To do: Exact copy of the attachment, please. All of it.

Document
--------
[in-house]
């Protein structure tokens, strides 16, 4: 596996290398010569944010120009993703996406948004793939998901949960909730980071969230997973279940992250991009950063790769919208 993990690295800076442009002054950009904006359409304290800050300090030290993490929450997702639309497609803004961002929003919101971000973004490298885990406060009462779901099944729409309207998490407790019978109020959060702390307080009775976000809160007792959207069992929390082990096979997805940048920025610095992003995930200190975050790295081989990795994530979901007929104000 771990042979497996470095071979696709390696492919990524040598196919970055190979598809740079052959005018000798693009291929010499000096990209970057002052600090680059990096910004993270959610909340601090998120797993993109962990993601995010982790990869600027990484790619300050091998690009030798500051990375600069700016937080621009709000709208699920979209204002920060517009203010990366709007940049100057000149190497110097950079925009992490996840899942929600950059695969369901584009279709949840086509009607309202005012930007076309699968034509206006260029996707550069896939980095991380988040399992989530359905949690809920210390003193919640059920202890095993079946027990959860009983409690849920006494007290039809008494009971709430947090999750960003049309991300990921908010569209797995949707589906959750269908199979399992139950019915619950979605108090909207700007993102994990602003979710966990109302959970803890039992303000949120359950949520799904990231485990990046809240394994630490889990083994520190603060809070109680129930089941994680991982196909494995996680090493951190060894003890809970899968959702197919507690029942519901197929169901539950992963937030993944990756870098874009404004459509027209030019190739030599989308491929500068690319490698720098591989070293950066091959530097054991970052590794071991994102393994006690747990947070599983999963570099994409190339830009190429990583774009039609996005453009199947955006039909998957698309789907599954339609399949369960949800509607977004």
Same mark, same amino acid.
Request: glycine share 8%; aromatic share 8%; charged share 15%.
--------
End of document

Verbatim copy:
[in-house]
């Protein structure tokens, strides 16, 4: 596996290398010569944010120009993703996406948004793939998901949960909730980071969230997973279940992250991009950063790769919208 993990690295800076442009002054950009904006359409304290800050300090030290993490929450997702639309497609803004961002929003919101971000973004490298885990406060009462779901099944729409309207998490407790019978109020959060702390307080009775976000809160007792959207069992929390082990096979997805940048920025610095992003995930200190975050790295081989990795994530979901007929104000 771990042979497996470095071979696709390696492919990524040598196919970055190979598809740079052959005018000798693009291929010499000096990209970057002052600090680059990096910004993270959610909340601090998120797993993109962990993601995010982790990869600027990484790619300050091998690009030798500051990375600069700016937080621009709000709208699920979209204002920060517009203010990366709007940049100057000149190497110097950079925009992490996840899942929600950059695969369901584009279709949840086509009607309202005012930007076309699968034509206006260029996707550069896939980095991380988040399992989530359905949690809920210390003193919640059920202890095993079946027990959860009983409690849920006494007290039809008494009971709430947090999750960003049309991300990921908010569209797995949707589906959750269908199979399992139950019915619950979605108090909207700007993102994990602003979710966990109302959970803890039992303000949120359950949520799904990231485990990046809240394994630490889990083994520190603060809070109680129930089941994680991982196909494995996680090493951190060894003890809970899968959702197919507690029942519901197929169901539950992963937030993944990756870098874009404004459509027209030019190739030599989308491929500068690319490698720098591989070293950066091959530097054991970052590794071991994102393994006690747990947070599983999963570099994409190339830009190429990583774009039609996005453009199947955006039909998957698309789907599954339609399949369960949800509607977004």
Same mark, same amino acid.
Request: glycine share 8%; aromatic share 8%; charged share 15%.